I was completely intuitive with my musical choices.  I listen to all kinds of music and use different techniques and styles routinely in all of my pieces, the way a lot of us are doing nowadays.  For Here I Am, I didn’t have any kind of premeditated scheme like “angry words get rock treatment” or “lists get minimalism,” but I bet if you look for patterns like that you’ll probably find them.  I really did just let myself do whatever I felt like doing with each passage, not requiring any justification or logic from my own mind.  My brother pointed out that I often used the sweetest music for the most difficult texts – I think that’s true.  I am so amazingly lucky to be working with soprano Mellissa Hughes, who can convey a huge emotional range in her singing, and can flip in and out of radically different vocal styles at the drop of a hat.  I can’t imagine anyone else doing what she does for this piece!

Can you tell me more about the lighting design?

Gosh, I wish I could – I haven’t seen it yet!  Ashley Kelly Tata, Here I Am‘s director, brought Anshuman Bhatia in on the project, and from chatting with him I know the lighting is going to be amazing…but I don’t get to see it till dress rehearsal on the day of the show – so it goes in the rushed life of New Music productions!  I can tell you that strong theatrical lighting was really important to me for this work from the beginning of its inception.  I don’t think of Here I Am as a traditional concert piece, I think of it as a theatrical piece.  Lighting is a beautiful way to get audience brains into a theatrical place.

Mellissa Hughes (center) with Martha Cluver and Caroline Shaw (known together as Va Vocals) - Photo: Thomas Deneuville

Mellissa Hughes (center) with Martha Cluver and Caroline Shaw (known together as Va Vocals) – Photo: Thomas Deneuville

You wrote Here I Am for Newspeak and Va Vocals (Martha Cluver, Mellissa Hughes, and Caroline Shaw). Did you actually write with individual performers in mind or were you inspired by their signature “sound”?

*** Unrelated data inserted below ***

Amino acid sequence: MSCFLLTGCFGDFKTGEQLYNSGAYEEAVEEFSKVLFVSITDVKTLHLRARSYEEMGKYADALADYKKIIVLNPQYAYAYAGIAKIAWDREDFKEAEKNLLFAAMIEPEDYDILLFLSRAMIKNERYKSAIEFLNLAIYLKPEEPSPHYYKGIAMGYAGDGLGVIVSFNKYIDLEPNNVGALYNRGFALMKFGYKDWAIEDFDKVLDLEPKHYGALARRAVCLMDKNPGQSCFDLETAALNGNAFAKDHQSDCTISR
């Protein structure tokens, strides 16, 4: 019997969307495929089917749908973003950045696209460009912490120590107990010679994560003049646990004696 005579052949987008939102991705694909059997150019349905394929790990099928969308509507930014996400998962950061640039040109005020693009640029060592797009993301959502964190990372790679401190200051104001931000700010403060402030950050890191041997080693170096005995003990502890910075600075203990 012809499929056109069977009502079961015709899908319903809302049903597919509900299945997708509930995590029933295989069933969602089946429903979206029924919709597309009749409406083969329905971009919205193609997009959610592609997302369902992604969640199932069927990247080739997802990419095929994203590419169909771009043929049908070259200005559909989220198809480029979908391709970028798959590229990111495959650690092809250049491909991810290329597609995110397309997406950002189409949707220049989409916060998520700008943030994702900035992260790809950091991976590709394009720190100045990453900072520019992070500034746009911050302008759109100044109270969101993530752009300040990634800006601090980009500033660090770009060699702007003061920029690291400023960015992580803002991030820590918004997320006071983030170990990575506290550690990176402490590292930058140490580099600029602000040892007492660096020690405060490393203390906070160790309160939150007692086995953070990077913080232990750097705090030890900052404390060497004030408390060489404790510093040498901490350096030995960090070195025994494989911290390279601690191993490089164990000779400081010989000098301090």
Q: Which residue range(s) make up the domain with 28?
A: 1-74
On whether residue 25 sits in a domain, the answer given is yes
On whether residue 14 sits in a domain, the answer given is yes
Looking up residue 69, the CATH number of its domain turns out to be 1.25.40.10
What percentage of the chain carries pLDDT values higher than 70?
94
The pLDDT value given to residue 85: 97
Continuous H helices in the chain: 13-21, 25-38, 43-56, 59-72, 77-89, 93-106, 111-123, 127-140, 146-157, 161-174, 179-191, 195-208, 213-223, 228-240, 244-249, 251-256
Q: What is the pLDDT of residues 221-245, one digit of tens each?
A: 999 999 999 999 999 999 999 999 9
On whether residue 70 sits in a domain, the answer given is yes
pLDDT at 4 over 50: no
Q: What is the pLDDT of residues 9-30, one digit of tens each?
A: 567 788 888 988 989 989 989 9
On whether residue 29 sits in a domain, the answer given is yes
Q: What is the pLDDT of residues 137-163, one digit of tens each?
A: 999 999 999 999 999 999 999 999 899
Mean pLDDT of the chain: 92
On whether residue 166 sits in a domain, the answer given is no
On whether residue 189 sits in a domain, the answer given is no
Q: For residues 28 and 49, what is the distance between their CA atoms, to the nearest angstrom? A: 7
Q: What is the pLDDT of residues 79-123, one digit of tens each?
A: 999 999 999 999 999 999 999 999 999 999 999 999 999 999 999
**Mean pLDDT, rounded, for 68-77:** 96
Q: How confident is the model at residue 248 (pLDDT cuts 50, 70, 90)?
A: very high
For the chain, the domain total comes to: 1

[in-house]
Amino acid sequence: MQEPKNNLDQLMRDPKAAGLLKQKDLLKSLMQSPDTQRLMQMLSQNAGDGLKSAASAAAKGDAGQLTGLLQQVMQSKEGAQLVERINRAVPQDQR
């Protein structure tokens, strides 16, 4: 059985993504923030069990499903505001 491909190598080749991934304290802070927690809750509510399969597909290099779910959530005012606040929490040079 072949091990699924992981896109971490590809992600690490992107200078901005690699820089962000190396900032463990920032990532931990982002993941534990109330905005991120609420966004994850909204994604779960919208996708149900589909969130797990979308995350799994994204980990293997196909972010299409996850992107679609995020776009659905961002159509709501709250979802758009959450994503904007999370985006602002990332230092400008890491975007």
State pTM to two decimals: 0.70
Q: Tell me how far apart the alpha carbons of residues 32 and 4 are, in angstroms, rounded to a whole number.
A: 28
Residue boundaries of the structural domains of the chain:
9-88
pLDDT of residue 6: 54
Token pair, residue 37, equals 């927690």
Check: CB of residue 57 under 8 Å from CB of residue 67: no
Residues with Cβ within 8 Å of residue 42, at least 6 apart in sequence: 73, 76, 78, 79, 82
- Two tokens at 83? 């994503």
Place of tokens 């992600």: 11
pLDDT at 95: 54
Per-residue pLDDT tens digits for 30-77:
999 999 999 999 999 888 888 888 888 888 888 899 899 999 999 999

Boy oh boy did I write with the individual performers in mind!  I know most of these folks pretty well, and I am a huge believer in writing idiosyncratically for great players whenever possible.  There are dozens of examples of that in this piece: Taylor Levine, master-craftsman of guitar pedals and pedaling, has a giant noise solo that I essentially notated as “Taylor, do that thing you do so well!”  Caleb Burhans is technically Newspeak’s violin, but I know about his fabulous voice, so the part became not for violin, but for singing fiddler.  Newspeak offers a fabulous toolbox for a composer to tinker with!  And then the trio of sopranos, Va Vocals – there I really capitalized on their individual tones and talents.  I notice that a lot of composers ask singers to blend their voices into one homogenous sound, the way you might think of writing for a string quartet, but I really love writing for vocalists the way you’d write for a wind quintet or a Pierrot ensemble – celebrating the different timbres and personalities of their voices to create shape and contrast in the music.  These ladies do a remarkable job creating a cohesive, powerful sound while keeping their strong singer-identities intact.  In this piece, it all comes back to exploring identity!

For more information and tickets, visit: http://roulette.org/events/lainie-fefferman-here-i-am/